Fire Fighting in Cyprus!

I haven’t noticed  many fires this year in Cyprus at least not in the Paphos area however, today was a different story and 2 helicopters were flying overhead carrying water from the sea to put out the fire.

Following some on-line investigation I discovered that the fire was located between Droushia and Kritou Terra.  These names may be familiar to many of you if you have taken a drive over to Polis and Latchi when visiting Cyprus as the villages aren’t too far from Kathikas.

Fire is by far the most destructive single agent, threatening the forests of Cyprus and no real progress can be made in Forest Development unless the forests are adequately protected. The long hot and very dry summers together with the frequent strong winds, and the inflammability of the vegetation favour the outbreak and quick spread of fires. Furthermore the urbanisation, the abandonment of rural areas and the increased number of visitors in the forest for recreation raise the fire hazard to very high levels.

Main Causes of Fires in Cyprus

The biggest percentage of forest fires in Cyprus and especially the most destructive ones are of human origin.  Nearly 87% of these fires are due to negligence or lack of care and attention and less than 13% are attributed to incendiarism.  The main causes of forest fires (based on the last years records) are:

  • Burning grass – gorse or stubble by farmers
  • Fires caused by careless visitors and picnickers when using fire for cooking and grilling.
  • Burning cigarette ends and matches used by careless smokers
  • Military exercises with ammunition or explosives of any kind
  • Hunting during the summer period
  • Burning of rubbish at non organised rubbish dumps
  • Fires caused by people or machines engaged in any activity associated with forest engineering and forest production
  • Some fires are caused by lightning but these fires are not significant because these fires are usually accompanied by rainfall

Fire Fighting


Aerial firefighting of forest fires has been applied successfully and effectively in Cyprus. For the suppression of fires two aeroplanes from the Department of Forests are used. Additionally, the Government of Cyprus rent a number of helicopters which are also used for this purpose  Helicopters belonging to the Police and the British Bases are also used depending on the size of the fire to be tackled.  In cases of big forest fires, Cyprus obtain help from Europe and other countries.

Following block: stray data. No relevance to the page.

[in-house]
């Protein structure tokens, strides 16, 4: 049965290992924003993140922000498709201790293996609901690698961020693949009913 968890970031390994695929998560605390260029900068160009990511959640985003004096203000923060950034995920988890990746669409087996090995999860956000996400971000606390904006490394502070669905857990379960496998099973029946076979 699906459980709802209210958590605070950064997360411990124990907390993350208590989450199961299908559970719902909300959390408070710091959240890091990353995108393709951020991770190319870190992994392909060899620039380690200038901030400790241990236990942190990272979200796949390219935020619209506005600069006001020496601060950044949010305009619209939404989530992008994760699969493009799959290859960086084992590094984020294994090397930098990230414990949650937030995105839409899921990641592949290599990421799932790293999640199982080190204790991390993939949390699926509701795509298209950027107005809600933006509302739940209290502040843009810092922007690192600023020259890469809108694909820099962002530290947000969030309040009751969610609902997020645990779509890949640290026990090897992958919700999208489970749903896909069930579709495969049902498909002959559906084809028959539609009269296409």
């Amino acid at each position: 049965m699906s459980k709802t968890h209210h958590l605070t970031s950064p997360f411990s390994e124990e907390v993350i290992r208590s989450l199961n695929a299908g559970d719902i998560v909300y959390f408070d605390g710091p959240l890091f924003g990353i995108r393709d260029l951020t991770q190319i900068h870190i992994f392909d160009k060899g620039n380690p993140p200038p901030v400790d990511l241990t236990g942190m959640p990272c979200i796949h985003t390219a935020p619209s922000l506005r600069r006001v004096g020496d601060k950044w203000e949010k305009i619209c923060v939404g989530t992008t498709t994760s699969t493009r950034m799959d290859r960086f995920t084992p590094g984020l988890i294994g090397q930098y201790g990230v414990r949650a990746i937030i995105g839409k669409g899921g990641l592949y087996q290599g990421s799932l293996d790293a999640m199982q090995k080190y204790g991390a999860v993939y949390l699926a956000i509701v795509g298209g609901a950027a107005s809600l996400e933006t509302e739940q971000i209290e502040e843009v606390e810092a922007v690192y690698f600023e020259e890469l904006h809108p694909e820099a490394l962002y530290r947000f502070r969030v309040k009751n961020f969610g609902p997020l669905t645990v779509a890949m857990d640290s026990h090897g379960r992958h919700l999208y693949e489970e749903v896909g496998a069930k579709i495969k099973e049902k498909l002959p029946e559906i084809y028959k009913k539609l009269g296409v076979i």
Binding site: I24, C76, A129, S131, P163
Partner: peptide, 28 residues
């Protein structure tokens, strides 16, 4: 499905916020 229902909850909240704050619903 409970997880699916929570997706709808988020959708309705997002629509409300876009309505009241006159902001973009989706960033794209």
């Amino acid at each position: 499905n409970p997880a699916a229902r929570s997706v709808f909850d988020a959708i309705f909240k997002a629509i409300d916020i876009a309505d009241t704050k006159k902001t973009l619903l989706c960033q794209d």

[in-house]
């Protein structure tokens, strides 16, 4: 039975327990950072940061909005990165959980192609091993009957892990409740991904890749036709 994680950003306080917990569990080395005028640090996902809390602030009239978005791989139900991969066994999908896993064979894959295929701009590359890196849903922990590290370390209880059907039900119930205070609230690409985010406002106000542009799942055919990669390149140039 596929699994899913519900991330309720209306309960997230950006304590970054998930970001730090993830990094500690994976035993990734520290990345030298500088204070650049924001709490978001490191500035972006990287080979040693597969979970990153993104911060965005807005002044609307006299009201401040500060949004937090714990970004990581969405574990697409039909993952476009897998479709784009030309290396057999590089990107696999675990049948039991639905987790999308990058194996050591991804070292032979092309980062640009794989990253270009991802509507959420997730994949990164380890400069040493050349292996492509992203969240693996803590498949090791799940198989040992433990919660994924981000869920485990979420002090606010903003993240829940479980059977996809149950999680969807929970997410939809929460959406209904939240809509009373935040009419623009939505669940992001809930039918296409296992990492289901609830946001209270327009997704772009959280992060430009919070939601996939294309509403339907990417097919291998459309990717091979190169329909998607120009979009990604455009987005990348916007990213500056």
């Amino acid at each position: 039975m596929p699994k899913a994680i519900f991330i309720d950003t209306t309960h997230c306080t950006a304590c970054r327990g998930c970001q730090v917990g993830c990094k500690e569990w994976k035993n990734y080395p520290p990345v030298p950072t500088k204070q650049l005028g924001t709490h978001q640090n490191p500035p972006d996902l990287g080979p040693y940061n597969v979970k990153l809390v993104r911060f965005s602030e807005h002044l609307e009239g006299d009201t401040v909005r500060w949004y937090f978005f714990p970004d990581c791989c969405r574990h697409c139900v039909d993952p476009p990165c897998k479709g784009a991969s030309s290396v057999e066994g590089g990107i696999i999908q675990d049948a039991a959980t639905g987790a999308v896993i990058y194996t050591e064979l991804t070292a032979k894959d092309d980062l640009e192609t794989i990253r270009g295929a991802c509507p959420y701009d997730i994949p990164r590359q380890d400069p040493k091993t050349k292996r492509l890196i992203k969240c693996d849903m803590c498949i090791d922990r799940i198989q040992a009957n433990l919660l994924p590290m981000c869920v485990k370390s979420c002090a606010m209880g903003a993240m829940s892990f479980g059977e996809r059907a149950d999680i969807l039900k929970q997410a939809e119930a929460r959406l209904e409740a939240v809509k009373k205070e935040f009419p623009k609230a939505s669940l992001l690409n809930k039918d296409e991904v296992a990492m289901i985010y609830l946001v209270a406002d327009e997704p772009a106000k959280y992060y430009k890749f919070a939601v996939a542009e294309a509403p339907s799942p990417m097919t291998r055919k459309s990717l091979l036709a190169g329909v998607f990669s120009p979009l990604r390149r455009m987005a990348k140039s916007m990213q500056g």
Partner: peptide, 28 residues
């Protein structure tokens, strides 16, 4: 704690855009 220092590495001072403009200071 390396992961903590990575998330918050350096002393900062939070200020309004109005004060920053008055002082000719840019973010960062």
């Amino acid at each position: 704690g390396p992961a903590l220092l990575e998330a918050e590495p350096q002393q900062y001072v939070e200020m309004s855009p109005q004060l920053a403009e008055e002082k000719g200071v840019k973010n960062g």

The helicopters used for fire fighting carry buckets, in this case a rain maker bucket, (see picture below) it is a specialised bucket suspended on a cable carried to deliver water for aerial firefighting.   Each bucket has a release valve on the bottom which is controlled by the helicopter crew.  When the helicopter is in position, the crew releases the water to extinguish or suppress the fire below. Each release of the water is referred to as a drop.  The design of the buckets allows the helicopter to hover over a water source – such as a lake, river, pond, or tank – and in this case in Cyprus “the sea” and lower the bucket into the water to refill it.  This then allows the helicopter crew to operate the bucket in remote locations without the need to return to a permanent operating base, reducing the time between successive drops.


Helicopter flying over our house in Coral Bay – photograph by Fionna Morley

Buckets can be collapsible or rigid and vary in capacity from 60 to 2,165 imperial gallons; or 273 to 9,842 litres. The size of each bucket is determined by the lifting capacity of the helicopter.

For the quick detection of forest fires,  a modern automatic system for the detection of fires has been installed in some locations in Cyprus.   The system covers the important Area of Akamas and in case of fire the system automatically informs the surveillance centre for the existence of fire and at the same time the starting point of the fire is mapped. This automatic system is operating day and night even under conditions of limited visibility (fog and cloud).

So don’t forget if you ever visit Cyprus in the summer season when all the vegetation is dry please think before creating a naked flame – from a match to a cigarette and if you do make sure you dispose of it correctly.

All photographs taken by me 



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